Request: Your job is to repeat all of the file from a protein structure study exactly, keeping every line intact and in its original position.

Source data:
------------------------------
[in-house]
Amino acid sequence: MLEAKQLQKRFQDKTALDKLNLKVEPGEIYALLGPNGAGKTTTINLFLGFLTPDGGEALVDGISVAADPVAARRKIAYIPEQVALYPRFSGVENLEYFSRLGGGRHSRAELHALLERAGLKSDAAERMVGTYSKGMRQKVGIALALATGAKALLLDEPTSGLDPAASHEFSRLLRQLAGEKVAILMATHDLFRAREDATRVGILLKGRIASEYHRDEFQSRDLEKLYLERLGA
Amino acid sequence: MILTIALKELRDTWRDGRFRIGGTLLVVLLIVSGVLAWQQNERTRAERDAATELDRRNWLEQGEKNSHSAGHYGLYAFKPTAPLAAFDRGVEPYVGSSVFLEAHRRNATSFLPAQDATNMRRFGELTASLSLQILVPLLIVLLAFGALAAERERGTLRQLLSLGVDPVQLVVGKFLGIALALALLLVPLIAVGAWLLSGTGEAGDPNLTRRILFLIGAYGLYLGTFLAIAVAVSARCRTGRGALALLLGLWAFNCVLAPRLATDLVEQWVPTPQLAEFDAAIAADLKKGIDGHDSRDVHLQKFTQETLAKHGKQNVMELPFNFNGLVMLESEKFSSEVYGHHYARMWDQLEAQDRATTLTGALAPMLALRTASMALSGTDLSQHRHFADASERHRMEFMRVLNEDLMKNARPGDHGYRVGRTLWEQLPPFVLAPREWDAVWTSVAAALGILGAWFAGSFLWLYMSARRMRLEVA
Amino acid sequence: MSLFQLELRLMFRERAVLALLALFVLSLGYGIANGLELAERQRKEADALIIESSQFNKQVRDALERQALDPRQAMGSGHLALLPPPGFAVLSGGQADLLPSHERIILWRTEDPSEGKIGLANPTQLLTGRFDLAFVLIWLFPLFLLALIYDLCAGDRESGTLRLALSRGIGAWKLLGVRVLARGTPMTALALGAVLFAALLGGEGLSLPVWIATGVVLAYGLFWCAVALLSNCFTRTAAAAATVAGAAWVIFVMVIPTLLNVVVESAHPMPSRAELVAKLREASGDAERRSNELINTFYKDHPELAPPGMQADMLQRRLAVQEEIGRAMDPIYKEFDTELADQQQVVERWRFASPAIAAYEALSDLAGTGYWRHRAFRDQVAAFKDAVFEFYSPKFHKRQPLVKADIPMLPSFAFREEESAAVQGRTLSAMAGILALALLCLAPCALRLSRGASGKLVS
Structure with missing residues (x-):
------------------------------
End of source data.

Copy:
[in-house]
Amino acid sequence: MLEAKQLQKRFQDKTALDKLNLKVEPGEIYALLGPNGAGKTTTINLFLGFLTPDGGEALVDGISVAADPVAARRKIAYIPEQVALYPRFSGVENLEYFSRLGGGRHSRAELHALLERAGLKSDAAERMVGTYSKGMRQKVGIALALATGAKALLLDEPTSGLDPAASHEFSRLLRQLAGEKVAILMATHDLFRAREDATRVGILLKGRIASEYHRDEFQSRDLEKLYLERLGA
Amino acid sequence: MILTIALKELRDTWRDGRFRIGGTLLVVLLIVSGVLAWQQNERTRAERDAATELDRRNWLEQGEKNSHSAGHYGLYAFKPTAPLAAFDRGVEPYVGSSVFLEAHRRNATSFLPAQDATNMRRFGELTASLSLQILVPLLIVLLAFGALAAERERGTLRQLLSLGVDPVQLVVGKFLGIALALALLLVPLIAVGAWLLSGTGEAGDPNLTRRILFLIGAYGLYLGTFLAIAVAVSARCRTGRGALALLLGLWAFNCVLAPRLATDLVEQWVPTPQLAEFDAAIAADLKKGIDGHDSRDVHLQKFTQETLAKHGKQNVMELPFNFNGLVMLESEKFSSEVYGHHYARMWDQLEAQDRATTLTGALAPMLALRTASMALSGTDLSQHRHFADASERHRMEFMRVLNEDLMKNARPGDHGYRVGRTLWEQLPPFVLAPREWDAVWTSVAAALGILGAWFAGSFLWLYMSARRMRLEVA
Amino acid sequence: MSLFQLELRLMFRERAVLALLALFVLSLGYGIANGLELAERQRKEADALIIESSQFNKQVRDALERQALDPRQAMGSGHLALLPPPGFAVLSGGQADLLPSHERIILWRTEDPSEGKIGLANPTQLLTGRFDLAFVLIWLFPLFLLALIYDLCAGDRESGTLRLALSRGIGAWKLLGVRVLARGTPMTALALGAVLFAALLGGEGLSLPVWIATGVVLAYGLFWCAVALLSNCFTRTAAAAATVAGAAWVIFVMVIPTLLNVVVESAHPMPSRAELVAKLREASGDAERRSNELINTFYKDHPELAPPGMQADMLQRRLAVQEEIGRAMDPIYKEFDTELADQQQVVERWRFASPAIAAYEALSDLAGTGYWRHRAFRDQVAAFKDAVFEFYSPKFHKRQPLVKADIPMLPSFAFREEESAAVQGRTLSAMAGILALALLCLAPCALRLSRGASGKLVS
Structure with missing residues (x-):